Tags » Primatology

Chimpanzees raised as pets or performers suffer long-term effects on their behavior

New study suggests experiences during the first four years of life can shape behavioral and welfare outcomes well into adulthood.

Although the immediate welfare consequences of removing infant chimpanzees from their mothers are well documented, little is known about the long-term impacts of this type of early life experience. 547 more words

Conservation

What Makes Humans Special?

Professor Michael Tomasello discusses some ideas about the basic difference between humans and apes via Scientific American

Anthropology

Primatology and Ethnobotany Field Schools

Interested in Primatology and/or Ethnobotany? Check out the winter and summer field school offerings from Maderas Rainforest Conservancy in Costa Rica and Nicaragua:

http://www.maderasrfc.org/Maderas_Rainforest_Conservancy/Home.html

Primate Studies Field School

Check out this primate studies field school run by the University of Arizona:

http://primatefieldschool.arizona.edu/

“This four-week primate studies field school is based in Rwanda, one of Central East Africa’s most progressive countries and home to a high diversity of monkeys and apes, including the famed mountain gorilla.  55 more words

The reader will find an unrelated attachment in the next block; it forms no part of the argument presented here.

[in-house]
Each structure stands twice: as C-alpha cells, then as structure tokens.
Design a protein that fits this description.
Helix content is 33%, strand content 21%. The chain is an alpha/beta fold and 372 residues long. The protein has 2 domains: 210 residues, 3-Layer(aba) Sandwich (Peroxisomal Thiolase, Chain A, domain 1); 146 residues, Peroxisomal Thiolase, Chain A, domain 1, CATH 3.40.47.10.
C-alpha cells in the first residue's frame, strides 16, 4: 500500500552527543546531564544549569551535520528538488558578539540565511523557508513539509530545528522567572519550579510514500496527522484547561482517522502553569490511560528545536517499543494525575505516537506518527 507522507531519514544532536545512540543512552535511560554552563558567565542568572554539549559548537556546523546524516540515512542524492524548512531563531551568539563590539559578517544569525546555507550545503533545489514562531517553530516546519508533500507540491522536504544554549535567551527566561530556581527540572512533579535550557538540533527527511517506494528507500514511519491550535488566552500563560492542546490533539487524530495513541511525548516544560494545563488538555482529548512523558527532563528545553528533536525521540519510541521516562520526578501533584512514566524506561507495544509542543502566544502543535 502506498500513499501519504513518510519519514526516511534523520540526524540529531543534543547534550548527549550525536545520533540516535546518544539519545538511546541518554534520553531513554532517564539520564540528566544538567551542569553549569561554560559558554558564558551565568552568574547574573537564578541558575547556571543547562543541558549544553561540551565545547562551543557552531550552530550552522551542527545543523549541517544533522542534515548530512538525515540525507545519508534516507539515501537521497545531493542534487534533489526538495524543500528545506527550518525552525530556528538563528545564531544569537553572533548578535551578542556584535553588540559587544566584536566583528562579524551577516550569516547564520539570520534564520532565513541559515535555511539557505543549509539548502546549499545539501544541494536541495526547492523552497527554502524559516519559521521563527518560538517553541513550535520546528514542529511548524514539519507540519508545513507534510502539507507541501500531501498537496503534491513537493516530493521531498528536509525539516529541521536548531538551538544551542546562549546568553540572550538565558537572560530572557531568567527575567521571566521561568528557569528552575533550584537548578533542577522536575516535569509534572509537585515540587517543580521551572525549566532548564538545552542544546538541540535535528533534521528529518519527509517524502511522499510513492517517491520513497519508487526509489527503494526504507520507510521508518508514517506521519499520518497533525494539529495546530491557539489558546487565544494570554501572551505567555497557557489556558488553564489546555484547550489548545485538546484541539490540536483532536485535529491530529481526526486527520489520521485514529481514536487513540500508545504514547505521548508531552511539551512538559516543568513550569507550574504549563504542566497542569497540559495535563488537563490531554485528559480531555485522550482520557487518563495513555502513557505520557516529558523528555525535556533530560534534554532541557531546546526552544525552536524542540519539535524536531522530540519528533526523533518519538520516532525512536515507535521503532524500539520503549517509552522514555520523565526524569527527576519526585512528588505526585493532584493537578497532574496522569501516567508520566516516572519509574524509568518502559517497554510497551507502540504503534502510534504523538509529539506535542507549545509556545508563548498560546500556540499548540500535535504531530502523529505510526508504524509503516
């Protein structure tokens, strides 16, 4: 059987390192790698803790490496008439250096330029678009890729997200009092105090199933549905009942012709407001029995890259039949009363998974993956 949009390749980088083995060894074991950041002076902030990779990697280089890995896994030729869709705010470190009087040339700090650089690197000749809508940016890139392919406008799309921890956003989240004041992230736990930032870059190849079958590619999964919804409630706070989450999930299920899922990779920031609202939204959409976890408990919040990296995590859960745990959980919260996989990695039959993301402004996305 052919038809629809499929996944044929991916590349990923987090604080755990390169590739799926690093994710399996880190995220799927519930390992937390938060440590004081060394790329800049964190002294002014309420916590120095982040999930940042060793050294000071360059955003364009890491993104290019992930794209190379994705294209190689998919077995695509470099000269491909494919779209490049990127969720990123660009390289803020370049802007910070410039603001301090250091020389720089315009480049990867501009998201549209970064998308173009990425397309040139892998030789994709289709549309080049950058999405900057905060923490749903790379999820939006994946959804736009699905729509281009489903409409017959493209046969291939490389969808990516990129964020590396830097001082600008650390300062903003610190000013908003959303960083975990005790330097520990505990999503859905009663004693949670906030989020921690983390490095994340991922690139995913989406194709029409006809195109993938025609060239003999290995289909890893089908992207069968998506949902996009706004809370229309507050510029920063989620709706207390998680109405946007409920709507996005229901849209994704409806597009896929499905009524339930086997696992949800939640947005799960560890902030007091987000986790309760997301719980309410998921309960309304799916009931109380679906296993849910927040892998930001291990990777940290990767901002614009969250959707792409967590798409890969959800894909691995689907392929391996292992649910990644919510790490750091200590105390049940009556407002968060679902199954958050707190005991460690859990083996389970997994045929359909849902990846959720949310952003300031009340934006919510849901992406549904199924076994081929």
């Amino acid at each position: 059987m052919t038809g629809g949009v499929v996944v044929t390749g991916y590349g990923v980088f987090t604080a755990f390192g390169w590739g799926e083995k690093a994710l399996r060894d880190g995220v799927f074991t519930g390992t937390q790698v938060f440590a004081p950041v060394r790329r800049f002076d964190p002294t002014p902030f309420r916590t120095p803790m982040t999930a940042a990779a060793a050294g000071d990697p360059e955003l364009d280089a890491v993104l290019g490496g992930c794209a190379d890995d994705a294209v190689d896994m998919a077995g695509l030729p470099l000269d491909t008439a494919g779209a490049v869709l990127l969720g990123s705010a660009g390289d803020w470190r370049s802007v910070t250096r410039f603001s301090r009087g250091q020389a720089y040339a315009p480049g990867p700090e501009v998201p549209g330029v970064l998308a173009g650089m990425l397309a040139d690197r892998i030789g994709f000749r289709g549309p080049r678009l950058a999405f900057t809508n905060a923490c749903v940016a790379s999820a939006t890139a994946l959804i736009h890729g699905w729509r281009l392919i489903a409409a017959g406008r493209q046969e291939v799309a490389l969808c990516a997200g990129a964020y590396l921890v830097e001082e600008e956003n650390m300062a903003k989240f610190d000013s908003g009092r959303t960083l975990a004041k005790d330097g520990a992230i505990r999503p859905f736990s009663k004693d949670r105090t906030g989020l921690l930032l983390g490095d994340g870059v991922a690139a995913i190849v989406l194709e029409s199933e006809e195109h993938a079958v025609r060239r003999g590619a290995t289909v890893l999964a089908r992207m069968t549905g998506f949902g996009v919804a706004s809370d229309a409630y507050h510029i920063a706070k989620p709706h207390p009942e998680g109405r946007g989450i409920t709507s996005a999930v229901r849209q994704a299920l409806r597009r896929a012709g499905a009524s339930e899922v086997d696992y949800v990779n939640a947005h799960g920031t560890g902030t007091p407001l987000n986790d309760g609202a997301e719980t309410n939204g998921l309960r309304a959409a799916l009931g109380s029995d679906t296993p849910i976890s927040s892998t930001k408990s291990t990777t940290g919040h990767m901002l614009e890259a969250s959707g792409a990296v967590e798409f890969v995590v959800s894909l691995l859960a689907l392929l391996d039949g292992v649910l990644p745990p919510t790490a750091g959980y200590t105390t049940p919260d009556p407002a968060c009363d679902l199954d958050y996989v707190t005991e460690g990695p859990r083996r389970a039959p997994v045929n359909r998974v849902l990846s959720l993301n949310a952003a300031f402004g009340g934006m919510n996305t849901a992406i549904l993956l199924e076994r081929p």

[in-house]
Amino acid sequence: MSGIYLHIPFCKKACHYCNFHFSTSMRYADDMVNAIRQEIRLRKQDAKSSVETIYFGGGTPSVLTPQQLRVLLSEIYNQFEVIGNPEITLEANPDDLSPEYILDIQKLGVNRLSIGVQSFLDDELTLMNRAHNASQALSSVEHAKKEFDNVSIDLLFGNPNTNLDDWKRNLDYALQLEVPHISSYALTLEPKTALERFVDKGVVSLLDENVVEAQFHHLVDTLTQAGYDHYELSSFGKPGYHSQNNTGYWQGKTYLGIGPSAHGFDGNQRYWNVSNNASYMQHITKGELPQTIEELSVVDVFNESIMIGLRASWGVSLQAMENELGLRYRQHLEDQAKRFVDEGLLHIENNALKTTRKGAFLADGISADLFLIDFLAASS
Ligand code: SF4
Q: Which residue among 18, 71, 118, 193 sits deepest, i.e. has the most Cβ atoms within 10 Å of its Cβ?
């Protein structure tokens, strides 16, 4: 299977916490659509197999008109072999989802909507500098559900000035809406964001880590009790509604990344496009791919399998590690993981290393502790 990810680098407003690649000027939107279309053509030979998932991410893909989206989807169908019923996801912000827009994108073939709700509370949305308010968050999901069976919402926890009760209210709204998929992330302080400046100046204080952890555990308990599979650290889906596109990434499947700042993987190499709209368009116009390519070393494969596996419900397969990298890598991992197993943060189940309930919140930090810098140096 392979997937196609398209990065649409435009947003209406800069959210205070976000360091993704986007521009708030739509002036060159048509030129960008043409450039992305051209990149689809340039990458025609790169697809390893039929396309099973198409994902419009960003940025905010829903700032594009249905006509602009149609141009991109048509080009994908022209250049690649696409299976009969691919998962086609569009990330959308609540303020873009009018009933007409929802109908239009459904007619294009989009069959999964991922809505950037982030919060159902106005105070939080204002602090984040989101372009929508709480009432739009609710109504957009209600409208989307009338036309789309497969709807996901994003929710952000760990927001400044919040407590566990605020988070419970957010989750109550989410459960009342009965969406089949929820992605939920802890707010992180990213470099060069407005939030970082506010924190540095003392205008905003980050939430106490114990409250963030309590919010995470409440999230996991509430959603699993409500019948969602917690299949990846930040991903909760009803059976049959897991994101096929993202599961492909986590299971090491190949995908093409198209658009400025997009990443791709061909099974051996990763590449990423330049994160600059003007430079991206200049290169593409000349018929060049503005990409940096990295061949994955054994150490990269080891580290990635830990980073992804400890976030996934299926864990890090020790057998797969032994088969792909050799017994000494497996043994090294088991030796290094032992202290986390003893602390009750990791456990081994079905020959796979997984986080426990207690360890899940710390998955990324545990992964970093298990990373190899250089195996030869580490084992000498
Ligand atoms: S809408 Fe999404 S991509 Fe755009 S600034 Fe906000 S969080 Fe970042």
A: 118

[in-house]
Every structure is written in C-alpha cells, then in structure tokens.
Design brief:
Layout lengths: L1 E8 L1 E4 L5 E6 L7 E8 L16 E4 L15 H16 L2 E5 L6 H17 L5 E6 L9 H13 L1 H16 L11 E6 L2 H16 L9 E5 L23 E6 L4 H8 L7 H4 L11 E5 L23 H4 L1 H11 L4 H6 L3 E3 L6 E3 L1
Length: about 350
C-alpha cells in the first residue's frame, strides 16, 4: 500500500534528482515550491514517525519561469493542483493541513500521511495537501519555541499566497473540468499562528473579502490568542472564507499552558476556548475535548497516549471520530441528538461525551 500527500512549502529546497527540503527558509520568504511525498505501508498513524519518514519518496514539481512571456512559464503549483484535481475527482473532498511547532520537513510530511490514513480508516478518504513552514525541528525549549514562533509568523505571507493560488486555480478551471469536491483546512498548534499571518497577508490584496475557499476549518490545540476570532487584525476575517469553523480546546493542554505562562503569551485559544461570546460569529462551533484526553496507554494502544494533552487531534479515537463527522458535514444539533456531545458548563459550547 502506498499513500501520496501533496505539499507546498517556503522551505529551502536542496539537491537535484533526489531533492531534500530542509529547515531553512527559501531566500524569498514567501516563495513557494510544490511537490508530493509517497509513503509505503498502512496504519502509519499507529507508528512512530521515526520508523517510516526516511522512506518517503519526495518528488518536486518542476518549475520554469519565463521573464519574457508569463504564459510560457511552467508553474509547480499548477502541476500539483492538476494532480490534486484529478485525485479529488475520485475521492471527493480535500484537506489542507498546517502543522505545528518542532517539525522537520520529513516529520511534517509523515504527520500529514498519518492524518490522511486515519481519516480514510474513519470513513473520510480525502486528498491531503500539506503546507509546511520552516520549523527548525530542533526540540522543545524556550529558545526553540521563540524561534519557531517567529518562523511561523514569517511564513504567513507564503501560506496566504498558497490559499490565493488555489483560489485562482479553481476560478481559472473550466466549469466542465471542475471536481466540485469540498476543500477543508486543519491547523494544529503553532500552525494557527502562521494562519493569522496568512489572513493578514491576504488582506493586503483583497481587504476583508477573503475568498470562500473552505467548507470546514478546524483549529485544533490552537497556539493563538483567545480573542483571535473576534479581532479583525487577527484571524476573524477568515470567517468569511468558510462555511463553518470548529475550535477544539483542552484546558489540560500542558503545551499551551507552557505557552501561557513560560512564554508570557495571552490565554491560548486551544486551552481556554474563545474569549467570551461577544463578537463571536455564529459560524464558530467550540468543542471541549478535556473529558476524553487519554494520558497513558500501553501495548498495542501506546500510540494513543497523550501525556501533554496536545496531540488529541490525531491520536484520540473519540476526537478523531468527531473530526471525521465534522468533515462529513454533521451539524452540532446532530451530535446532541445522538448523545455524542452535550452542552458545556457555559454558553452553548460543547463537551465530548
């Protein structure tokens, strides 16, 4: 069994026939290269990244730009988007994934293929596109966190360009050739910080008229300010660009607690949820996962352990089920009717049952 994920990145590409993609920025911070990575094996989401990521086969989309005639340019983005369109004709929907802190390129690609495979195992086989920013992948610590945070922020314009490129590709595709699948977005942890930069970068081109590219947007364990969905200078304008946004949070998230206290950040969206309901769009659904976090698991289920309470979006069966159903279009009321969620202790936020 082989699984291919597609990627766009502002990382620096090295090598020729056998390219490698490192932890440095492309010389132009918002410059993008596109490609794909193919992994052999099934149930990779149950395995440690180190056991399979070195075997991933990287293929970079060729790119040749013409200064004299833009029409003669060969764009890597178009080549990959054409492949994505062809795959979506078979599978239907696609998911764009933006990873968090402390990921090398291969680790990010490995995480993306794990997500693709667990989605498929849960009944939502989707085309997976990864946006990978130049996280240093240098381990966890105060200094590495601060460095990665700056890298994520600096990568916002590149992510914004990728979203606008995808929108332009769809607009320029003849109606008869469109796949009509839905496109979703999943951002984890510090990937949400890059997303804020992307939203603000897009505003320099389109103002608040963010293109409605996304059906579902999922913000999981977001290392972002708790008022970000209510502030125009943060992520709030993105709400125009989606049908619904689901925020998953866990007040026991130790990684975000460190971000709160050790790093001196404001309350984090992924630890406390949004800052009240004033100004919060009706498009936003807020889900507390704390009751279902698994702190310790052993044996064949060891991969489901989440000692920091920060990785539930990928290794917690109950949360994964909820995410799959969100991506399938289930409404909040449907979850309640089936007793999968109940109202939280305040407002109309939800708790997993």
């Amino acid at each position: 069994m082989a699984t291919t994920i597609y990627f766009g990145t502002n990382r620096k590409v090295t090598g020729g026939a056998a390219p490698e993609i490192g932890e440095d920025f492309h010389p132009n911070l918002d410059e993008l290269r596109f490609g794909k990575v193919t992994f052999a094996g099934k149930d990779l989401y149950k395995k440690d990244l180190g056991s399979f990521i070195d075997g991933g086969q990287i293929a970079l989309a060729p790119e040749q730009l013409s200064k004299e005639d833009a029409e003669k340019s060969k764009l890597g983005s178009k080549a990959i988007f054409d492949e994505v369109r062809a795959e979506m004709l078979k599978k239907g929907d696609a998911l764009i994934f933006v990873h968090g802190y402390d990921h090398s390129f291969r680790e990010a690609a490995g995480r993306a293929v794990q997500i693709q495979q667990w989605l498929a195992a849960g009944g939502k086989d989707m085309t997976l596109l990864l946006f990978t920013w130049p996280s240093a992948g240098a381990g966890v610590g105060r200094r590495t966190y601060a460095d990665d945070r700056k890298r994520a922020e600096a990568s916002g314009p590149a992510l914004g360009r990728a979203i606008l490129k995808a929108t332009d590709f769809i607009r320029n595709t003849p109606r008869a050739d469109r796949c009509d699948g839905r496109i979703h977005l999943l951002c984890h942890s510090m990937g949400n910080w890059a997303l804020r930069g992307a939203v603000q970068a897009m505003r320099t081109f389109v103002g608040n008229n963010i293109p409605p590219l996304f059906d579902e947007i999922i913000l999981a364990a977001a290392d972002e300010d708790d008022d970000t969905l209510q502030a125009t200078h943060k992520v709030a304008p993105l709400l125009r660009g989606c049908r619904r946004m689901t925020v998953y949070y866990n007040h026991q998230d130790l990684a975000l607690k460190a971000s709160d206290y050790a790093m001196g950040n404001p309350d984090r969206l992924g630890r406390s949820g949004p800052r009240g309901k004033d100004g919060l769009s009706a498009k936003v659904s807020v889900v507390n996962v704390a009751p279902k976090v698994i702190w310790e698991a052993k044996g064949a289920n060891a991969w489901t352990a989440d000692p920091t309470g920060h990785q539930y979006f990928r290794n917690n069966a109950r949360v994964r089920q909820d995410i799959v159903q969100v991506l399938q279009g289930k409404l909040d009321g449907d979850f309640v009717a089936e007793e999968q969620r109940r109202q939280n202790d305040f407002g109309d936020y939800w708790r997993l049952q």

Lab Members to Present at IPS in Hanoi

Several members of the Vogel lab will be presenting exciting research results from Tuanan at the International Primatological Society meeting in Hanoi, Vietnam. Dr. Wendy Erb will present her preliminary finding on the energetic costs of long calls in wild male orangutans. 53 more words

Research

Making Daisy Chains with Gorillas: the difficulties of field studies in primatology

I recently read a journal article by Amanda Rees (University of York) called “Anthropomorphism, Anthropocentrism and Anecdote:  Primatologists on Primatology”, which appeared in the journal… 773 more words

A Western Lowland gorilla holding her infant from the Great Apes Survival Partnership (GRASP-UNEP).

For a long time, the claim in the human literature was that humans are the only primates in which mothers have eye contact with their infants. 36 more words

Parenting